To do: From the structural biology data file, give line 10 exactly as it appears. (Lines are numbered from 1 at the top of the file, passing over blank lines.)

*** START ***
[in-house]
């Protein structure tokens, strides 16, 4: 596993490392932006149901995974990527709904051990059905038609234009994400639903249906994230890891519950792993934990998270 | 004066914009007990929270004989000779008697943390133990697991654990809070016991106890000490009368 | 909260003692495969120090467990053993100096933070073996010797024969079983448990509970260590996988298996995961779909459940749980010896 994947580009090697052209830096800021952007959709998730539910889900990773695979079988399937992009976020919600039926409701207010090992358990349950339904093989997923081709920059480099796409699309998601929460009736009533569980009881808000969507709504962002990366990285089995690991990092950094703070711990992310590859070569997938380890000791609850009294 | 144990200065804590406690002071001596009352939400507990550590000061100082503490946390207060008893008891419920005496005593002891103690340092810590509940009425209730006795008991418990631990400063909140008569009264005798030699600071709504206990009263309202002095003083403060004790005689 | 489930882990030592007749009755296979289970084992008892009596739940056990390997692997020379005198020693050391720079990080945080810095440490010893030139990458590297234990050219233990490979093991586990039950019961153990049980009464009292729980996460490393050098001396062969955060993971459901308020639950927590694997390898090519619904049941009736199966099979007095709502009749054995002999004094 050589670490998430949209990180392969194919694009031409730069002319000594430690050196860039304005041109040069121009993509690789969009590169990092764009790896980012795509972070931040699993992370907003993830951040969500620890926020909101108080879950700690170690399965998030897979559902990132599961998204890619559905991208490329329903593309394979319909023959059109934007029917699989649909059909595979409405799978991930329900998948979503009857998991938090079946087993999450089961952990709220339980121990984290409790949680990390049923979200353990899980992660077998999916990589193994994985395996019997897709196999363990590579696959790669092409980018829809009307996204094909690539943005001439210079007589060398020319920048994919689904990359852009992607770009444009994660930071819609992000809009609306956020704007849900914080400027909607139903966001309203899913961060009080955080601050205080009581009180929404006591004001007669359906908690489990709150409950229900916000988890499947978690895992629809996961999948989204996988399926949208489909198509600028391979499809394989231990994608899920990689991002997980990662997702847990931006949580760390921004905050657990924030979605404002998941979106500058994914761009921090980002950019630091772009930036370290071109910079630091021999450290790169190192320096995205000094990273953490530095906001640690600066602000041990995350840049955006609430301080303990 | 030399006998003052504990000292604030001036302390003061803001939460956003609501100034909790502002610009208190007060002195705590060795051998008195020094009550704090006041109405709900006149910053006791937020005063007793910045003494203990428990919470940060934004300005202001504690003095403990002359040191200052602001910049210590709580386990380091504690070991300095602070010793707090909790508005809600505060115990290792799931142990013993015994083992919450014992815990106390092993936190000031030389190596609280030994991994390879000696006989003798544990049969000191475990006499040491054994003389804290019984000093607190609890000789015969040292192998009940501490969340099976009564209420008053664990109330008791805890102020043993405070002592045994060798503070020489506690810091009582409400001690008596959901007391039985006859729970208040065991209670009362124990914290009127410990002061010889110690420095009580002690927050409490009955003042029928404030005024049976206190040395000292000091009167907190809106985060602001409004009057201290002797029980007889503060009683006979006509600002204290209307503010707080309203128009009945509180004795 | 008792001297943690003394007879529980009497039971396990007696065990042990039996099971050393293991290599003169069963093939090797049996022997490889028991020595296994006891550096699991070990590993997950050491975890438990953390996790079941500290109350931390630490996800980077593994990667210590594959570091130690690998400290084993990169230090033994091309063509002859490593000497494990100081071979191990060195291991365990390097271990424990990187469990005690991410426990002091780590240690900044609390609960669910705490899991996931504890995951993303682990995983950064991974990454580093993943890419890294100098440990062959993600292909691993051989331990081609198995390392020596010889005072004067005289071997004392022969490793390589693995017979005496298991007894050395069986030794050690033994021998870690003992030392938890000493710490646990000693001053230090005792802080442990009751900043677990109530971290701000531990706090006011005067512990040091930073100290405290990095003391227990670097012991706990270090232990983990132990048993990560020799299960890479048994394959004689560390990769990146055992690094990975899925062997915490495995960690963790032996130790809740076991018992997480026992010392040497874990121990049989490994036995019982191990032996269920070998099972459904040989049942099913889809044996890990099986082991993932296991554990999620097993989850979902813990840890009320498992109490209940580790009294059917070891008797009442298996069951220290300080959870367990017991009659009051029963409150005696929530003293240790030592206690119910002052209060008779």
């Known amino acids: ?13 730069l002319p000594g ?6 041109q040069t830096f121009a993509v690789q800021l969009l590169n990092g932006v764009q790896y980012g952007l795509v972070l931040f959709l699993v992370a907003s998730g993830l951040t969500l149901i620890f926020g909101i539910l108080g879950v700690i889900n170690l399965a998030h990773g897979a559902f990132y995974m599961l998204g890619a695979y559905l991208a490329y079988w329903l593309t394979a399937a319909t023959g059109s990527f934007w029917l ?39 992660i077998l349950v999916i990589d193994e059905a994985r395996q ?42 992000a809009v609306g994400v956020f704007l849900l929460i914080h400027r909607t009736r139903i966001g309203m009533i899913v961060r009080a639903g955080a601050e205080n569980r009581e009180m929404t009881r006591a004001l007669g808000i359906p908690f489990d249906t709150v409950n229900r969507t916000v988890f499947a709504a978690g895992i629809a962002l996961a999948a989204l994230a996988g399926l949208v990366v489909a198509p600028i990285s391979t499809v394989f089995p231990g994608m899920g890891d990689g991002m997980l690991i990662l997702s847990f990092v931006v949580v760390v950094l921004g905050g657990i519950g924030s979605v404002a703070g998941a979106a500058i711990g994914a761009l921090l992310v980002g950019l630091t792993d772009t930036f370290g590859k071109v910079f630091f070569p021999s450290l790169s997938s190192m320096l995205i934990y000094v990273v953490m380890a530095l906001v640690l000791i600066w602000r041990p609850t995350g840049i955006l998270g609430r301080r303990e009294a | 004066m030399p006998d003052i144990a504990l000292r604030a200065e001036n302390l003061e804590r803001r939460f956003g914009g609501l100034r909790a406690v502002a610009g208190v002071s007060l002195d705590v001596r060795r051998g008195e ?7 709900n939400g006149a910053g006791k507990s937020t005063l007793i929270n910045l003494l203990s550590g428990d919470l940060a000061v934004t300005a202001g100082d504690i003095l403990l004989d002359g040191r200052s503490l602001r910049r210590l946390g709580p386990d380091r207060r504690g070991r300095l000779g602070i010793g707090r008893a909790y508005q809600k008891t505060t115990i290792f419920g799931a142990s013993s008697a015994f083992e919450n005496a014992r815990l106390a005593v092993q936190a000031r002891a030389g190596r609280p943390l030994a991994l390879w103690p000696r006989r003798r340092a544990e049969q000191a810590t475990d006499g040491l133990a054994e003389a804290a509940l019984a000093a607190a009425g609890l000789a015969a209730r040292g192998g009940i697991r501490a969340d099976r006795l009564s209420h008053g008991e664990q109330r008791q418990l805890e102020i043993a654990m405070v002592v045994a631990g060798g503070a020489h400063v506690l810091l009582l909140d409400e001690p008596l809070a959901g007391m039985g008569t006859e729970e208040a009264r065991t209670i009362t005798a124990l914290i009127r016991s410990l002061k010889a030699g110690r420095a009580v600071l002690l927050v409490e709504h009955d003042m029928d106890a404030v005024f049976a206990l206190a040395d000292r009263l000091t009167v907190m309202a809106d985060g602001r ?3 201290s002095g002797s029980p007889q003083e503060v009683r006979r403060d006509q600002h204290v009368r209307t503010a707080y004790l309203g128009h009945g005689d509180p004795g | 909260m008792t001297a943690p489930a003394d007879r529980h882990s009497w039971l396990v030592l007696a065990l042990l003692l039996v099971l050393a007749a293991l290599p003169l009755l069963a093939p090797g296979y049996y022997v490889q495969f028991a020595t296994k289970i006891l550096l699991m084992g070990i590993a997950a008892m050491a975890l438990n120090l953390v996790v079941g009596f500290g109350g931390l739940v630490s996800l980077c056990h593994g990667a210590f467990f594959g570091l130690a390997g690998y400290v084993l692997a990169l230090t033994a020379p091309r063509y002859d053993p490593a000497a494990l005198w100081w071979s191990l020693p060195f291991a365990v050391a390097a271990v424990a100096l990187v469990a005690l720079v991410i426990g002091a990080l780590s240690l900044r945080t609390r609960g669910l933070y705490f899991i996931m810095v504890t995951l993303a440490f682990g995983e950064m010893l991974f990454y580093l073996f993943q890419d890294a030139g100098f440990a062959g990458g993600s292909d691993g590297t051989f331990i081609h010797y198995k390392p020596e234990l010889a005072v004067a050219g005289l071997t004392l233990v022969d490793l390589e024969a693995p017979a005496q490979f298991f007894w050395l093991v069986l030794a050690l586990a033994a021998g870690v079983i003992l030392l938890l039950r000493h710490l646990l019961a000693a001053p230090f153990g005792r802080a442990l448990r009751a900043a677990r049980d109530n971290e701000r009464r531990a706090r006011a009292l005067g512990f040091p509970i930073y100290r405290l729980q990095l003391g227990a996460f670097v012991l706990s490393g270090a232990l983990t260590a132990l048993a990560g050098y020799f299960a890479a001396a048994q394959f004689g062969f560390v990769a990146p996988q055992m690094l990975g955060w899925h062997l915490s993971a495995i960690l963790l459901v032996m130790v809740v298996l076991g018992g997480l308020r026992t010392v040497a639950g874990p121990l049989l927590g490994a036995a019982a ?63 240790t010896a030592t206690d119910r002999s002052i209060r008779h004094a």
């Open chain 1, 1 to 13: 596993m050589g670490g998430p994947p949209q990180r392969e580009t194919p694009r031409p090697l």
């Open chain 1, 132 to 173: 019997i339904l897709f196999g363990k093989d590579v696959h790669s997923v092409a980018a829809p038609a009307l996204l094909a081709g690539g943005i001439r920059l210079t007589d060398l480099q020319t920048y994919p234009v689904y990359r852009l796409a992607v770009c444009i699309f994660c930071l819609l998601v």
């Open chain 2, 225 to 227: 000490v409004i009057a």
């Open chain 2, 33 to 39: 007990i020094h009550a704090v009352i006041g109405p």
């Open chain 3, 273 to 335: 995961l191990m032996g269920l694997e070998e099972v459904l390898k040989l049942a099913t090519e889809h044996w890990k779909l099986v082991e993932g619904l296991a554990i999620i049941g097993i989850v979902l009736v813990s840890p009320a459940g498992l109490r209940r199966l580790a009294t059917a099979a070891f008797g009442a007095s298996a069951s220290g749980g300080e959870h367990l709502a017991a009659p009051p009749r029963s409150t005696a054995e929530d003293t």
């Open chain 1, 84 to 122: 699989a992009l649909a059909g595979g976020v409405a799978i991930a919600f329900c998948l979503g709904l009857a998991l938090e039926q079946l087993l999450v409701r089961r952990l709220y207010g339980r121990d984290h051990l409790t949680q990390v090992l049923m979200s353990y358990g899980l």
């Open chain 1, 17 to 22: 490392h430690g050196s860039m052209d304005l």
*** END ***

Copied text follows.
């Open chain 1, 17 to 22: 490392h430690g050196s860039m052209d304005l």